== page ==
We can build on this strong sense of unity when asked the question about where we hope to still do even better. To foster innovation, we need to become even more open and willing to take risks, which includes daring to do something new and also having the courage to fail. Mistakes are permitted – but they should be ­acknowledged and serve as a learning opportunity. Our company’s history is the reason why we often still think in very hierarchical and process-related terms today. However, to seize the opportunities of the future, it is important to act more independently and on equal footing. All of this is easier said than done.

“The strong bond that employees share is what makes OSRAM so special.” Ulrike Salb, Head of the Culture@OSRAM initiative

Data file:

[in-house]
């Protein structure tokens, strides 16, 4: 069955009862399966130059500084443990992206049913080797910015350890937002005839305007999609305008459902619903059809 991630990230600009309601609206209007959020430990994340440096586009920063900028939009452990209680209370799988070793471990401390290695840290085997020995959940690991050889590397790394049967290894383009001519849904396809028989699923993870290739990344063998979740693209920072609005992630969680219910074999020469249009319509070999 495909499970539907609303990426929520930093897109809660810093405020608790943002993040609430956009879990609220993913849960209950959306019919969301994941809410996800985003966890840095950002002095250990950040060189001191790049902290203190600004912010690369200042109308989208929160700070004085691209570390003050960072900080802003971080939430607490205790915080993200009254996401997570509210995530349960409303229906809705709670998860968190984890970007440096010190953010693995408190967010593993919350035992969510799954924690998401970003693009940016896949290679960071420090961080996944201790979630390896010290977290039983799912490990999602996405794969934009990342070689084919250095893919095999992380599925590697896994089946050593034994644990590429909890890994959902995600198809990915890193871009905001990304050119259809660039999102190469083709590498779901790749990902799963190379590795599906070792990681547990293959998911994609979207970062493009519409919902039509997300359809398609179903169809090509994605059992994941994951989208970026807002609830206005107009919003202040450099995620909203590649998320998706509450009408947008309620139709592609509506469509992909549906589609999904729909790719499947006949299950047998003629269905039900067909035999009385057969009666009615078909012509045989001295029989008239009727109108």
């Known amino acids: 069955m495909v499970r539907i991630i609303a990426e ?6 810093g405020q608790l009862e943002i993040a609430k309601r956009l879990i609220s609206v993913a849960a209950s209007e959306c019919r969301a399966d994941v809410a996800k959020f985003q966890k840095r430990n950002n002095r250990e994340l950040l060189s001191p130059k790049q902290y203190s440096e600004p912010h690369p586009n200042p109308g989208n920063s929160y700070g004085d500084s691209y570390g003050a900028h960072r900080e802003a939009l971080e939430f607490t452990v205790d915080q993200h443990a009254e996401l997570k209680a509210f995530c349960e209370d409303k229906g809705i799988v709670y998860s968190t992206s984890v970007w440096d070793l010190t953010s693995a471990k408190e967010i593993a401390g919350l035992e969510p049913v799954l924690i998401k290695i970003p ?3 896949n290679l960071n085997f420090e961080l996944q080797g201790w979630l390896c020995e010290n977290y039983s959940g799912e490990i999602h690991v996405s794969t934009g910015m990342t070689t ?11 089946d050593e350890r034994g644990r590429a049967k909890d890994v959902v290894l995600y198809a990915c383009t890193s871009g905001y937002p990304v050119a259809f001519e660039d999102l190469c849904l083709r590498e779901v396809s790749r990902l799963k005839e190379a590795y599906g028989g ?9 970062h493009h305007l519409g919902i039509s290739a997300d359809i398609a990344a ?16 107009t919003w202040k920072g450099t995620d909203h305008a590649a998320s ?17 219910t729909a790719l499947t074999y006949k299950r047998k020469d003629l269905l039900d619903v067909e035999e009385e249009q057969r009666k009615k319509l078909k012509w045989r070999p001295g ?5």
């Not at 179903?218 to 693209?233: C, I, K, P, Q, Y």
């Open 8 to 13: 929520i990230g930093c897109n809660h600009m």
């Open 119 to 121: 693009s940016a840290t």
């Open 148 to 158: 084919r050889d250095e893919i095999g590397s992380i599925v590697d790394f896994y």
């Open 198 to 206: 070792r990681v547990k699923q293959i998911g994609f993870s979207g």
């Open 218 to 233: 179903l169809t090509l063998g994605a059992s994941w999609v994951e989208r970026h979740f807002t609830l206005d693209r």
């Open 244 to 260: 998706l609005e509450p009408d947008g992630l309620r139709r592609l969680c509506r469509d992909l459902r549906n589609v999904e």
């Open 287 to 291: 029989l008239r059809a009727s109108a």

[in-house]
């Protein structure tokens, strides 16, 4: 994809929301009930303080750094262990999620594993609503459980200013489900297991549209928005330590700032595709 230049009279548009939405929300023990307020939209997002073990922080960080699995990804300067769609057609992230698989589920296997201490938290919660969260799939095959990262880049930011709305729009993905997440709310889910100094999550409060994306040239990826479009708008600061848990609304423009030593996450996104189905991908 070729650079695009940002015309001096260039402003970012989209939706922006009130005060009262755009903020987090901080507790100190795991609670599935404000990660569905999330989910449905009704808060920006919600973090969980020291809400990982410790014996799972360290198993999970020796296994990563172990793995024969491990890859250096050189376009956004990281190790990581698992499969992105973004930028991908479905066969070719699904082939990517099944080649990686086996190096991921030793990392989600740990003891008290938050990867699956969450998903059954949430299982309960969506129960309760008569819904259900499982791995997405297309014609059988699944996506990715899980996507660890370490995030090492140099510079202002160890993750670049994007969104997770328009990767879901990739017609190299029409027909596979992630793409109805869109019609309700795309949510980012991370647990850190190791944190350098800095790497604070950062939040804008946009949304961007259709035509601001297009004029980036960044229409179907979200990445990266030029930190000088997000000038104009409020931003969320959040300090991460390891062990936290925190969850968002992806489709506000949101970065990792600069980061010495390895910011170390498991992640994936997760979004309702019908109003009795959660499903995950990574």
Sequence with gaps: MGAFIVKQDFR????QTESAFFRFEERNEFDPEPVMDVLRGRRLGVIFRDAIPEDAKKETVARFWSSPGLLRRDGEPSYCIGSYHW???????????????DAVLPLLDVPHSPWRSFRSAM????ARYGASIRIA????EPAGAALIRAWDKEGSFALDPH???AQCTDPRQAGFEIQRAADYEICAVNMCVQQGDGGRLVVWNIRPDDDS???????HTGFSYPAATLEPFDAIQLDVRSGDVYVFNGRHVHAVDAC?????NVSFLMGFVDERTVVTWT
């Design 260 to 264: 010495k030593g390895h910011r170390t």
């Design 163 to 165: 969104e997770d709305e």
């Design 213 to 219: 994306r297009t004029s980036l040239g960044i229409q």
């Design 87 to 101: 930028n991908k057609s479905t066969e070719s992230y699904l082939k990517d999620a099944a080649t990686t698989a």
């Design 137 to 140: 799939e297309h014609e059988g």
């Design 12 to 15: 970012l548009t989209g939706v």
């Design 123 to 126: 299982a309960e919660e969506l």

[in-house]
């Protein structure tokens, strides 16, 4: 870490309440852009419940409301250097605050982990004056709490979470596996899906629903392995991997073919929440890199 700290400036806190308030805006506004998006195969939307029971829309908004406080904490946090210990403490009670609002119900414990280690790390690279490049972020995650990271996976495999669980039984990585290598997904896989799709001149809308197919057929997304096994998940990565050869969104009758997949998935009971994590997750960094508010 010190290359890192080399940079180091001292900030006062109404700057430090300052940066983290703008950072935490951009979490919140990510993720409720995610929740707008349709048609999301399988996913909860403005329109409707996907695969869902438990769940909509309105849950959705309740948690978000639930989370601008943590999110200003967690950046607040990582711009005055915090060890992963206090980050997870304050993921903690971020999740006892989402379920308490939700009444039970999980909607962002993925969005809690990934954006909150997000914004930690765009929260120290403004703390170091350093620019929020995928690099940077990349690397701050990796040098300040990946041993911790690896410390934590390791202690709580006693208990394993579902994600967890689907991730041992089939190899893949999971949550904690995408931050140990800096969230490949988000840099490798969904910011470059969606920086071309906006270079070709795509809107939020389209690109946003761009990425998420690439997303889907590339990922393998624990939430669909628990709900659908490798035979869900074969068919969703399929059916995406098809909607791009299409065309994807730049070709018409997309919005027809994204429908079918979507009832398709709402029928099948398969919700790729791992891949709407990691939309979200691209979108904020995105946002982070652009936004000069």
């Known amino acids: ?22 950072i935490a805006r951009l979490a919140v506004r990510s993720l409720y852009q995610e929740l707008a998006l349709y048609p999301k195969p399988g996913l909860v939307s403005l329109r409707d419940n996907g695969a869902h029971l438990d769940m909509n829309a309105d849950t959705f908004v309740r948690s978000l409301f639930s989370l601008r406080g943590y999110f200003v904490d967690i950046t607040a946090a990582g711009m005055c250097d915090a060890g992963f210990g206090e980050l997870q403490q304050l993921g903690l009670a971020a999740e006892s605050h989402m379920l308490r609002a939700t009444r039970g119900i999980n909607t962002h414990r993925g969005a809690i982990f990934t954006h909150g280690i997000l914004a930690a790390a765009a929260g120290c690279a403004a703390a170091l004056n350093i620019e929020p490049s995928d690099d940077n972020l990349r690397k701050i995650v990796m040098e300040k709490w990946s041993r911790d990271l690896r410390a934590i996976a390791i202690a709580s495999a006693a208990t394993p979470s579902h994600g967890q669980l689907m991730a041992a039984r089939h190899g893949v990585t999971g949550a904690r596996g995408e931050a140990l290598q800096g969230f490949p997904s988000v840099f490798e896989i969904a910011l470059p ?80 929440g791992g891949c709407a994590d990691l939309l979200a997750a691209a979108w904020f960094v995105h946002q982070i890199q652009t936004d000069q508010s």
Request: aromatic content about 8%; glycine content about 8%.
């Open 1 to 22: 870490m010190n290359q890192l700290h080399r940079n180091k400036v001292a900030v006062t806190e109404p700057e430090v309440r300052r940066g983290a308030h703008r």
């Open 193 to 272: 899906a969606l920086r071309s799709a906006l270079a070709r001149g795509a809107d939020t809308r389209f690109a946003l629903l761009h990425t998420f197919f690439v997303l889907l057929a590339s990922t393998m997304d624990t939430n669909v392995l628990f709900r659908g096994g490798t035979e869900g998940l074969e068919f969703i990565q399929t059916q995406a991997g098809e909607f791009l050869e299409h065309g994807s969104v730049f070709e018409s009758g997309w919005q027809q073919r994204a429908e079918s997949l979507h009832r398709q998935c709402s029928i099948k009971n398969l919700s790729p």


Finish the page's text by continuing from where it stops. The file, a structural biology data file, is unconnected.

Leaving our comfort zone


“Change also means constantly having to leave our comfort zone,” Ulrike Salb says. It is widely known that we tend to fall back into old patterns. But it is possible to break out of them if we repeatedly remind ourselves of the right path for our mutual success. We all can do our part by considering what kind of conduct will benefit the goals and strategy of our own units, starting with ourselves and changing our own behavior first. In the spirit of Gandhi, be the change you wish to see.

The Golden Circle:

What, how and why


On his quest for the factors that make a company successful, management consultant and author Simon Sinek came up with a simple model – the golden circle. It shows that it is not just what we do, but how and why we do it that counts. In other words, corporate culture plays a central role because it forms the HOW of a company – how do we interact with each other? It describes the strengths, values and cultural pillars that make a company stand out from its competitors – and becomes a factor in its success.